Oakland police dog breaks ground for animal shelter

Mike Martindale
The Detroit News

Pontiac — A dog “kick started” the ceremonial groundbreaking for a $15.5 million animal shelter and pet adoption center in the Oakland County government complex.

Mordus, a Dutch shepherd and member of the Oakland County Sheriff’s K-9 Unit, feverishly kicked out several pawfuls of dirt before any of the nearby shiny dignitary shovels were ever sunk into the ground.

Mordus did his stuff, much to the delight of camera-clicking media, county officials and employees, and animal-lovers gathered for the event.

Trained to patrol, find lost children and chase down bad guys, Mordus wasn’t completely out of his element. His two-legged partner, deputy Chris Topacio, confided an added incentive for a drug-sniffing dog to dig deep: the scent of a pipe containing marijuana buried inches below the surface.

“This is exciting,” Oakland County Executive L. Brooks Patterson said. “This is the first new county building in 24 years. We have converted a lot of them but this will be a new state-of-the-art and serve the county and animals well.”

Architectural renderings show a 35,400-square-foot facility planned for the long-vacant site with sections identified “Lost & Found,” “Adoption” and “Community Room.” It will house about 300 dogs and cats at any given time.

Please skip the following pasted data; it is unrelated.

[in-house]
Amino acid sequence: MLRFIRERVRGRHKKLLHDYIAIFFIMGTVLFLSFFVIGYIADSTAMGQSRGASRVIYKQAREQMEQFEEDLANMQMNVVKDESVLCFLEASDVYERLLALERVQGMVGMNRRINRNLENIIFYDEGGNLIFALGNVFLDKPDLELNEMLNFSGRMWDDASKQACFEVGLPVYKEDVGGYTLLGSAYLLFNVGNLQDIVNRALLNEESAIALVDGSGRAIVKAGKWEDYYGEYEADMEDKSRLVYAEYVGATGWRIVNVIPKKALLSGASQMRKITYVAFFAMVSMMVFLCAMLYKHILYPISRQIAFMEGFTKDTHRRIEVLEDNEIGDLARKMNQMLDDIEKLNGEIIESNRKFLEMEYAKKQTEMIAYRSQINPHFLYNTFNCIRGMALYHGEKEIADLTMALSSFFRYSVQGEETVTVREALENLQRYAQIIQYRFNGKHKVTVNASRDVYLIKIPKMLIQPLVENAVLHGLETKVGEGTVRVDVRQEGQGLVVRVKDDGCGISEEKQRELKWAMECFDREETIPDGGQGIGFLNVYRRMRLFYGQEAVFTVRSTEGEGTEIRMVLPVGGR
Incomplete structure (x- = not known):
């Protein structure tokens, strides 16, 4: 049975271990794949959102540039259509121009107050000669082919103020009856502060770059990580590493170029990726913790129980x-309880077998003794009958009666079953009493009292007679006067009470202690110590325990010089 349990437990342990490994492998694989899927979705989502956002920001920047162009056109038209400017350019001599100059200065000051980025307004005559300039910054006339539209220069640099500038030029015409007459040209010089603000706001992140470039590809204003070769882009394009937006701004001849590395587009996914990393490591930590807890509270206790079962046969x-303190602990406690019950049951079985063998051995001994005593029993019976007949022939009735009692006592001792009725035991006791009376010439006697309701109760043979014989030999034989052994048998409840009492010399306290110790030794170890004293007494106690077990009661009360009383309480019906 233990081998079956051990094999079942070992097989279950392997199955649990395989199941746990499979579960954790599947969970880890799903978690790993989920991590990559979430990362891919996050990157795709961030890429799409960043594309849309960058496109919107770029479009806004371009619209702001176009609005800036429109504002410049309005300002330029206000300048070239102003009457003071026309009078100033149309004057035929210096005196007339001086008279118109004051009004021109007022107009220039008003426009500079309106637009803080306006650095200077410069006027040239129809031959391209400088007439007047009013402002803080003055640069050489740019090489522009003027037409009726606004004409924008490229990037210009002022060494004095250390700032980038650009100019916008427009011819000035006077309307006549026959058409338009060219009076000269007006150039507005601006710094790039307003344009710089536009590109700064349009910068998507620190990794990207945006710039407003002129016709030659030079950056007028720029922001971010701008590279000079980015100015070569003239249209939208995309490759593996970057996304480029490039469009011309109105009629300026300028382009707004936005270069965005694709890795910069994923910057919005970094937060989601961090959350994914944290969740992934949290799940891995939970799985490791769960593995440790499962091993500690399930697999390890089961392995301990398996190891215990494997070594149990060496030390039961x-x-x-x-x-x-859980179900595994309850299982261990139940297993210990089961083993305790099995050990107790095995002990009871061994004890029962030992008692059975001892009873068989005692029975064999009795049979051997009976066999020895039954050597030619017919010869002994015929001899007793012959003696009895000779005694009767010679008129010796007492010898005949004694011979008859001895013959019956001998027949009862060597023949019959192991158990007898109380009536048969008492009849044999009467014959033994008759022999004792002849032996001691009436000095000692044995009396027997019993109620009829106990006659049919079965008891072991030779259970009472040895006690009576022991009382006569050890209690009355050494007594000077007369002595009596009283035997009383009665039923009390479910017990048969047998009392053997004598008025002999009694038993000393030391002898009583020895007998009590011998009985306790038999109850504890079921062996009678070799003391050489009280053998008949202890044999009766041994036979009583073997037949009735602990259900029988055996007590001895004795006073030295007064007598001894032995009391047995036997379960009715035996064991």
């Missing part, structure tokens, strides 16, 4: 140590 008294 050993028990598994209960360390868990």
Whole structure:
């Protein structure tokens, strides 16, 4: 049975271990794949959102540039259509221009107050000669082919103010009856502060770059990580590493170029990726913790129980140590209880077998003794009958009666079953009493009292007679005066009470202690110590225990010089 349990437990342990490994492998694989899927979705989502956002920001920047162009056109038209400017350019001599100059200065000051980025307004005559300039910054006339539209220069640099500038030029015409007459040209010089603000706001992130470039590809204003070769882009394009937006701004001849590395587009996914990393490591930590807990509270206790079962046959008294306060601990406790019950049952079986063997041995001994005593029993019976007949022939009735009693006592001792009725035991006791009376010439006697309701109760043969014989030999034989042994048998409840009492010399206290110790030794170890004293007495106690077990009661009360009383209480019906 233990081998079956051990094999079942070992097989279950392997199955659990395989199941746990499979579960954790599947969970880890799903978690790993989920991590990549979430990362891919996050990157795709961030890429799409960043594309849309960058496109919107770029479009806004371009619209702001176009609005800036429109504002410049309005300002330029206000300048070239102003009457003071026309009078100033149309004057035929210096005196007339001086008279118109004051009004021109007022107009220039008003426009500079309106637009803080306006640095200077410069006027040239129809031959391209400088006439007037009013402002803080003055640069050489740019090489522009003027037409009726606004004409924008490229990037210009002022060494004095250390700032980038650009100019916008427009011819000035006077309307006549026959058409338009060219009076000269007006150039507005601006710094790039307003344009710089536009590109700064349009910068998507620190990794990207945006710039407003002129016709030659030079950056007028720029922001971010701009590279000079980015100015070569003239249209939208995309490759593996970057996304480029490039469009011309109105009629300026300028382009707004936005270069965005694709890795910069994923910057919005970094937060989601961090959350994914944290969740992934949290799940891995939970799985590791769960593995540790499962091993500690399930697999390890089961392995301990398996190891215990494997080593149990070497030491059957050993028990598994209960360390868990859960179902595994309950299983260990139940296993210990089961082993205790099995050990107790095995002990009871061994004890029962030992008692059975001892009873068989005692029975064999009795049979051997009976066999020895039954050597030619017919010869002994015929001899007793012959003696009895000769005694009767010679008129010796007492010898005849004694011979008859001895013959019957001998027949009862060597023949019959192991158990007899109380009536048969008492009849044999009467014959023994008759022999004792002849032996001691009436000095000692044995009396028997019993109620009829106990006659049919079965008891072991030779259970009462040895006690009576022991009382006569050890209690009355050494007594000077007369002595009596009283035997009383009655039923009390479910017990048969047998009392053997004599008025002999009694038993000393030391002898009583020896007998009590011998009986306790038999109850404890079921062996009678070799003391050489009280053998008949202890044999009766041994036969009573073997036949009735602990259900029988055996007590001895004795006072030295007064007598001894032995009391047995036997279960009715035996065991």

The shelter, expected to take about a year to build, will replace a 40-year-old building used at 1700 Brown in Auburn Hills.

About 4,000 dogs and cats are housed in the county shelter every year, officials said, with a 90 percent adoption rate.

The new location, in the middle of a county campus which houses the circuit court, clerk’s office, health department, sheriff’s office and jail and other buildings, should make it easier for residents to adopt dogs and cats.

“I adopted my last two dogs,” County Commissioner Michael Spisz said. “It’s good to see a shelter that will be an animal’s temporary home before it is adopted.”


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